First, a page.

Do you spend an unheathy amount of time in your garage? Have you come up with a new .45 that shoots 2-inch groups at 400 yards? OK, bad example. Maybe you invented a new 9mm that weighs 2 oz, holds 15 rounds, fits in your palm and is only 1/2″ thick.  Never mind the implications of violating the laws of physics, you need to make sure no one steals your million dollar design.  The Firearm Blog posts part one of an informative intro to the patent process written by “Your Patent Friend,” a practicing IP attorney. And yes, it has 11 footnotes and legal disclaimers at the end (sigh). You know what they call 100,000 lawyers at the bottom of the ocean, don’t you? A good start.


  1. A patent is basically worthless in the firearms industry, even if you have a 400-yard, 2″ grouping, never-wear-out, tank-proof design… why? well, in the modern world you’d need to essentially patent your idea in every country with the internet. If you don’t, you’re essentially letting someone else in another country patent/build/steal/whatever off of your original plan. Only big companies get patents because they’re the only ones with large legal staff’s and the financial resources to take on the often lengthy litigation processes.

    • Patrick, as a patent attorney who has represented more firearms clients than anyother attorney or law firm (you can see the who’s who list on my website) I’d like to tell you what I wrote in my book, The Bulletproof Firearms Business: A US patent is effective at protecting the US market. This means that knock-offs made overseas can either be stopped in customs, or we can go after the retailer and force them to drop the product. It’s really a breeze to send Cabela’s a letter with a copy of the patent, and they’ll pull the infringing items from their shelves in a flash. For many firearms inventions, the US is not just the biggest market, but the only market.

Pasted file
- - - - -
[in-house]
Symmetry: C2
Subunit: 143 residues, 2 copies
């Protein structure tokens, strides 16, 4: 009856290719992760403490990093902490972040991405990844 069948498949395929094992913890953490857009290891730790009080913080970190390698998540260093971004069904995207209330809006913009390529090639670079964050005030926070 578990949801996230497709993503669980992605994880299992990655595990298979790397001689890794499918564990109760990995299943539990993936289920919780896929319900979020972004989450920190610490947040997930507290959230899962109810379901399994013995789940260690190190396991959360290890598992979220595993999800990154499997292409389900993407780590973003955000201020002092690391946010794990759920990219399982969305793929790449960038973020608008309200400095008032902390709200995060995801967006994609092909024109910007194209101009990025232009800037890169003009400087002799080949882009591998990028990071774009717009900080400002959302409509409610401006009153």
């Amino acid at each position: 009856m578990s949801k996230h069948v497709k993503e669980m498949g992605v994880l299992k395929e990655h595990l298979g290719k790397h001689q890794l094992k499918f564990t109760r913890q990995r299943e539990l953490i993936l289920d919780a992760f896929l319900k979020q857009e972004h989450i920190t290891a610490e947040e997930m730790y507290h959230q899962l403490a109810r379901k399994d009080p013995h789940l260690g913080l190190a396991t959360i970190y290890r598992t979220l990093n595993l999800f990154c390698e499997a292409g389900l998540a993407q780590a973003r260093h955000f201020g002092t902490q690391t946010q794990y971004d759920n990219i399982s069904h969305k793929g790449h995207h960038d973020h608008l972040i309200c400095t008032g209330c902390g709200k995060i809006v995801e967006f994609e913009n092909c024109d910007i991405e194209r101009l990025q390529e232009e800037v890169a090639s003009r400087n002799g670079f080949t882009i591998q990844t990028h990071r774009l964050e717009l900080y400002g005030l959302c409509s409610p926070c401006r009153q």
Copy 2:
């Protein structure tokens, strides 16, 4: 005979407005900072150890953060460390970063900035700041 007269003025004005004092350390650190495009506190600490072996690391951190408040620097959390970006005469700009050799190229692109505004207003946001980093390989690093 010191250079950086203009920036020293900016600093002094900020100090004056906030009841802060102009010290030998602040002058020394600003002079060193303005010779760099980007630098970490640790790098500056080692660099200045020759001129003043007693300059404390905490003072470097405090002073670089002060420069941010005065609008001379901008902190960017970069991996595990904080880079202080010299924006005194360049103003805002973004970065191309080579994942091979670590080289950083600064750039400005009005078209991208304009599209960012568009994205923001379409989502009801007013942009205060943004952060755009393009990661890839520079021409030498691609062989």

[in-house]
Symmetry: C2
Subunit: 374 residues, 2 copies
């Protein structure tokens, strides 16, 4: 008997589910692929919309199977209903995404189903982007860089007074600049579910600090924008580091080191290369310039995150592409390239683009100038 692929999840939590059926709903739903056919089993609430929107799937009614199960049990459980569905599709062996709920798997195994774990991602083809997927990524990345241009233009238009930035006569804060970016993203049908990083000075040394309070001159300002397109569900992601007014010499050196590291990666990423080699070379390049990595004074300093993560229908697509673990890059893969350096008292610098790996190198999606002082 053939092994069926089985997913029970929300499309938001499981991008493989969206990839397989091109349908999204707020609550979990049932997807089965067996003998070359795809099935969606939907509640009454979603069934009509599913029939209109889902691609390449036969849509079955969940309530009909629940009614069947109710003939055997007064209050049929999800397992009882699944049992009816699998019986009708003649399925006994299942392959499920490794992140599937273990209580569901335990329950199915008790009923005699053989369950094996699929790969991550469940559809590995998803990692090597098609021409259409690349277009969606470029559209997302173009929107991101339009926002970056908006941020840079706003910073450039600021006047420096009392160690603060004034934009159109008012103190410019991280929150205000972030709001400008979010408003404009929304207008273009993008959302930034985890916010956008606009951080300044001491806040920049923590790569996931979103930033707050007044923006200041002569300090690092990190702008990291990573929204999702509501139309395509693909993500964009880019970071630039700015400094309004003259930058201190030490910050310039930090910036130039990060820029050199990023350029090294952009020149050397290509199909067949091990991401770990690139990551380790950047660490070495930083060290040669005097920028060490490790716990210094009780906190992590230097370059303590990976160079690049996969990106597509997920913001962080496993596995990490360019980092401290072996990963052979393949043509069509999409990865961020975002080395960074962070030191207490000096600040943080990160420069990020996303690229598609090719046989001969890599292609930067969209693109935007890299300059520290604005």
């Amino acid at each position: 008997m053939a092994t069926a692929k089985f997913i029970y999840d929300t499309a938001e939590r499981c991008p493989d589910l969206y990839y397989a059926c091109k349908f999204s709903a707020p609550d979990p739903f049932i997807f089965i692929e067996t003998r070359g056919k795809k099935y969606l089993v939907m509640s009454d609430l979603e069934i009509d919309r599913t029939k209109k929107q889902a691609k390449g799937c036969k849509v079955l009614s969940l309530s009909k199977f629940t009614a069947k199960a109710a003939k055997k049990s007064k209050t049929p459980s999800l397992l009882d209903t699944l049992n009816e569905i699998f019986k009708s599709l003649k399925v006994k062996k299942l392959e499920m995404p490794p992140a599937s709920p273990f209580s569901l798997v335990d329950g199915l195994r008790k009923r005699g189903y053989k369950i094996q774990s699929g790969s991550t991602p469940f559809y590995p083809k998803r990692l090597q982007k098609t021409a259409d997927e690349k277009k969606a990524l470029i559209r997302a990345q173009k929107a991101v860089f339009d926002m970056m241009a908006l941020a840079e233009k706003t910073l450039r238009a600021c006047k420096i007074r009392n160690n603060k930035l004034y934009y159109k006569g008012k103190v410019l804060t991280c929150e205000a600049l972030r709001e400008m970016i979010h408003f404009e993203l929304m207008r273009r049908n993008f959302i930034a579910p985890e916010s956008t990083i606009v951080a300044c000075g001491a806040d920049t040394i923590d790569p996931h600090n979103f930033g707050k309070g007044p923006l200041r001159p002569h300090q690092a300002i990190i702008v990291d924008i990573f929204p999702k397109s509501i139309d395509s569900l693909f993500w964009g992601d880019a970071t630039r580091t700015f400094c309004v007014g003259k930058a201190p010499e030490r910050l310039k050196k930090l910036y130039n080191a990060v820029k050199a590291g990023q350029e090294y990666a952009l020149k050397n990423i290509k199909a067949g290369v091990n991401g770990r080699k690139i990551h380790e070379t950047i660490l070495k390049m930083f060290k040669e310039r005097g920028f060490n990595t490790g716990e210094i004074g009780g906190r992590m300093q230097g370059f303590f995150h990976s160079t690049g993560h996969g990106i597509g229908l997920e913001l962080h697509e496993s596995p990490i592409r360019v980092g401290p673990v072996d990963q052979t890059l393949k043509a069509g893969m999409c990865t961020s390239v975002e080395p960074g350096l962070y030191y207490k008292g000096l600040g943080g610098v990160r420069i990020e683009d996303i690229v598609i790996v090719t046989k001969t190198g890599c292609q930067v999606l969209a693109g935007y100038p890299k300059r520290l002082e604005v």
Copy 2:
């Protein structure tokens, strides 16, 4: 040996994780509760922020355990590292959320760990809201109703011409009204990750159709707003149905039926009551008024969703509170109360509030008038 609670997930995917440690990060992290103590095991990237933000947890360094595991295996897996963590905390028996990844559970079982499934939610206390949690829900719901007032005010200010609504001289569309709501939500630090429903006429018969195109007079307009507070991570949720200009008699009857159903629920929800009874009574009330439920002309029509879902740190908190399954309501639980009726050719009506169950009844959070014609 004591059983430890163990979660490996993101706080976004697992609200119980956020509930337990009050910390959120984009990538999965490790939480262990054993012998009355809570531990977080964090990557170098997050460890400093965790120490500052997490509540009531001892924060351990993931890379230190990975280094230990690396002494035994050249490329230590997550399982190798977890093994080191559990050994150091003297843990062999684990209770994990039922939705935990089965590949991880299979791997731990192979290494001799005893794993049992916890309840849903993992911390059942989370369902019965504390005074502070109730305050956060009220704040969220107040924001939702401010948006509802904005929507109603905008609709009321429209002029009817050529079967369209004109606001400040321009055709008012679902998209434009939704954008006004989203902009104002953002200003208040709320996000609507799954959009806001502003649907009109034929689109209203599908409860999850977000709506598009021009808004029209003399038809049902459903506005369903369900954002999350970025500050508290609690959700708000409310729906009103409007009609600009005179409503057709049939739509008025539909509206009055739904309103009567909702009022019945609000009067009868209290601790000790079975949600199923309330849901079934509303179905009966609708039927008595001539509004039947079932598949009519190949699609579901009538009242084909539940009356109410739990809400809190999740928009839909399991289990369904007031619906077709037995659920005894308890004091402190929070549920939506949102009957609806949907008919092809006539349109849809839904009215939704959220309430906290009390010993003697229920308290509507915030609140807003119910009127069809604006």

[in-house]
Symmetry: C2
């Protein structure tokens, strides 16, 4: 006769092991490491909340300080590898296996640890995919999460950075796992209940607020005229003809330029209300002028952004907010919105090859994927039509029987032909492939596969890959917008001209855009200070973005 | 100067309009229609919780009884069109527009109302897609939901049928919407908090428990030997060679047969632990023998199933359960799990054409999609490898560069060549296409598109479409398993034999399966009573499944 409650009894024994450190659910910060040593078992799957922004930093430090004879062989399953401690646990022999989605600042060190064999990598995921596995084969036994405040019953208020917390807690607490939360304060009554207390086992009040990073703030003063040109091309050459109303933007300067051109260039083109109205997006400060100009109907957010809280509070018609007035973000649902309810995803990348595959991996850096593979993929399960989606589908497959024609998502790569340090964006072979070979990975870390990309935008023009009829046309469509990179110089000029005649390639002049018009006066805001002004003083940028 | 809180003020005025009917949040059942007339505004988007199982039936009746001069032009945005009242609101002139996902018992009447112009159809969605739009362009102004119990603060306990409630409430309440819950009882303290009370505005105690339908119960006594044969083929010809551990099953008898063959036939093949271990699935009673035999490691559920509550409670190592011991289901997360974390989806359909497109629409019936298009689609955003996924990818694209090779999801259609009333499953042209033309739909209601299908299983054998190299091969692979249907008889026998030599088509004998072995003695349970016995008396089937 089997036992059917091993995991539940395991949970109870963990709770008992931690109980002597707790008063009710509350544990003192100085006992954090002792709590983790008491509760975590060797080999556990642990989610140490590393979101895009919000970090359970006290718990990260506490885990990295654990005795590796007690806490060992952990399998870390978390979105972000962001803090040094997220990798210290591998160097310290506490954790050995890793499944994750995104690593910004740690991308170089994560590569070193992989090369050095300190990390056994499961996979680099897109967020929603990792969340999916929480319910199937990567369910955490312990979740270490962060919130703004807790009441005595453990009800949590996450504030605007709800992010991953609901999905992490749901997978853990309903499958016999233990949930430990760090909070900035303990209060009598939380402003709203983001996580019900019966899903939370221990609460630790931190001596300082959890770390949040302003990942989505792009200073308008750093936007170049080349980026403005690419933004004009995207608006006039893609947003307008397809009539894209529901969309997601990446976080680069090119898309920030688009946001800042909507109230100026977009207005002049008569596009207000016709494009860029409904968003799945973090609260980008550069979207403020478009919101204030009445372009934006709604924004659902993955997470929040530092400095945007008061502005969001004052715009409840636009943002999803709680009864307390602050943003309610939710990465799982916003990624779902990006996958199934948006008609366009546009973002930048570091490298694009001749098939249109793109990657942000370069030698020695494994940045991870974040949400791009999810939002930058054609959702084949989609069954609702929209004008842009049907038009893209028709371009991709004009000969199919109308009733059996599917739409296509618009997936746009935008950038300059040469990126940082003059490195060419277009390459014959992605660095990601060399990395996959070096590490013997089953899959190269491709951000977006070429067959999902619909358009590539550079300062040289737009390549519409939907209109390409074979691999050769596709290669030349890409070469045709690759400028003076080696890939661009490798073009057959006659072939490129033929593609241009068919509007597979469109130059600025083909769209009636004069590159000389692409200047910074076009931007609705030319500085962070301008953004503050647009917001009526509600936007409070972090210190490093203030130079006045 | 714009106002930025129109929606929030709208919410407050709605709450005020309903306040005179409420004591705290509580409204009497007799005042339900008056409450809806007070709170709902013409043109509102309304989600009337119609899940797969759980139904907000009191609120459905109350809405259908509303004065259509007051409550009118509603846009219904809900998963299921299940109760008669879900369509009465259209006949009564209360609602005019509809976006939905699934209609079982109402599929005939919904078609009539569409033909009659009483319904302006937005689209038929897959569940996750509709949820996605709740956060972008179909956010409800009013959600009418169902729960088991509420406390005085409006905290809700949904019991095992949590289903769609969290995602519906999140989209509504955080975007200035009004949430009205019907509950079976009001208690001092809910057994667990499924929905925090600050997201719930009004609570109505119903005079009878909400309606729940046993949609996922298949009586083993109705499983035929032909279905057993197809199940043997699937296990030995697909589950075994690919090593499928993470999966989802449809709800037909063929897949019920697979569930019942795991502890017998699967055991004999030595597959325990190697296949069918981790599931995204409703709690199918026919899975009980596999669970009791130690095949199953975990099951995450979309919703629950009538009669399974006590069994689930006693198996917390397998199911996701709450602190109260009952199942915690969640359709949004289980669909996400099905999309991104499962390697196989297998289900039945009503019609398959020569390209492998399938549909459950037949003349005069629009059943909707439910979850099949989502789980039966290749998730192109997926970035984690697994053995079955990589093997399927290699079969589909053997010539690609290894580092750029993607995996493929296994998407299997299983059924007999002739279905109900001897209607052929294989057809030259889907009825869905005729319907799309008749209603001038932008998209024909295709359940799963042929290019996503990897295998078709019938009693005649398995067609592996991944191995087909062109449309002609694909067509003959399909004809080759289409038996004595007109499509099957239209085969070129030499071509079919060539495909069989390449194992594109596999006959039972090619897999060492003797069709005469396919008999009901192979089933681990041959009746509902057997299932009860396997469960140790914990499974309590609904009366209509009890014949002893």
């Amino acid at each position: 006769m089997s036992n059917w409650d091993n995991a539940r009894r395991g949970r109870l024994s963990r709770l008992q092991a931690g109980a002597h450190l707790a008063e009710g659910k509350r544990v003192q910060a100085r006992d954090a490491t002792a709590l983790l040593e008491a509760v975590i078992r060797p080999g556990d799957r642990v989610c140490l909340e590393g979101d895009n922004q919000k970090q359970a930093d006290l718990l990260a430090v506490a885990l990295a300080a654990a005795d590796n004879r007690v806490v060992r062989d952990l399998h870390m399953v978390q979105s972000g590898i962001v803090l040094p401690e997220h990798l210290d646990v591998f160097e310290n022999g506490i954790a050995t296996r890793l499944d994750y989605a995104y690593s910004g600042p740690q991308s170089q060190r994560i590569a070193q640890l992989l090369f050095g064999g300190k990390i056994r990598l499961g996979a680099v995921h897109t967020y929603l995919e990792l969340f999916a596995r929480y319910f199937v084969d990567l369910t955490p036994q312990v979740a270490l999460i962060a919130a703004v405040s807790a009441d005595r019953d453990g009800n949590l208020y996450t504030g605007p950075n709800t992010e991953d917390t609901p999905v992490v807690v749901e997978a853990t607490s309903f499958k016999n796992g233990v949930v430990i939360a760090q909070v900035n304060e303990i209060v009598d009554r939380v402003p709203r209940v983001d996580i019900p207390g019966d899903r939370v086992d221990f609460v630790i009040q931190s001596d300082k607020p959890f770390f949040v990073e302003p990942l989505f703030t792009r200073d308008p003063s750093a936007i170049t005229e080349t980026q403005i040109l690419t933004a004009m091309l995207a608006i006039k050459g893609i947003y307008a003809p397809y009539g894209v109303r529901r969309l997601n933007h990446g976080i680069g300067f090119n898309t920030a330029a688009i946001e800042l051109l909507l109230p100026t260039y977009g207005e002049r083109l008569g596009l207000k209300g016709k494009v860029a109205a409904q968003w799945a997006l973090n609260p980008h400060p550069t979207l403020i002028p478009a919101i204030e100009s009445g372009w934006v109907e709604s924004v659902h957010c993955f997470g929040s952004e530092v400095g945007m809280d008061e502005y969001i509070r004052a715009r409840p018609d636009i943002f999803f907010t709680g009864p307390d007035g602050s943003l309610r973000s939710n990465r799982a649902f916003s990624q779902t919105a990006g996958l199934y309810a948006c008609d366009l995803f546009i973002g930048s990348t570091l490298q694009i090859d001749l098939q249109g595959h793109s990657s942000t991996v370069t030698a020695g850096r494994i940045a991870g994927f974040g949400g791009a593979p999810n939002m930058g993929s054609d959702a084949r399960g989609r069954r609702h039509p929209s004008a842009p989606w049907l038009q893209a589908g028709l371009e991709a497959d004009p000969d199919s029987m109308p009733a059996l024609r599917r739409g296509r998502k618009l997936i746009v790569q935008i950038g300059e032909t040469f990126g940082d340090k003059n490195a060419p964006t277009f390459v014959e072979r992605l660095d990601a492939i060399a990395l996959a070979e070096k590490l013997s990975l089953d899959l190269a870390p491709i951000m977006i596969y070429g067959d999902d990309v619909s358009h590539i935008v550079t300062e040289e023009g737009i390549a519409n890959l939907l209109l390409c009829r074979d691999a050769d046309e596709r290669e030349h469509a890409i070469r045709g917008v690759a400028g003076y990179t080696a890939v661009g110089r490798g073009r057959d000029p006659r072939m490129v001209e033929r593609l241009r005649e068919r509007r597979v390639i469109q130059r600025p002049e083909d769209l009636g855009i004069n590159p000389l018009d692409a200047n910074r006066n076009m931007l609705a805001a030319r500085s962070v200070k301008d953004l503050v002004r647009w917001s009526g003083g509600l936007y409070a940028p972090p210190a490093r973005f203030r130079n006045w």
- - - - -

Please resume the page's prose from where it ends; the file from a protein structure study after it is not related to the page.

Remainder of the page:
The reality is that small and large companies get patents, but only for the inventions that justify the investment. Fortunately, most patents are respected, and most disputes are resolved without litigation.

      I’d be happy to send you a free copy of my book, which you can request at my website.


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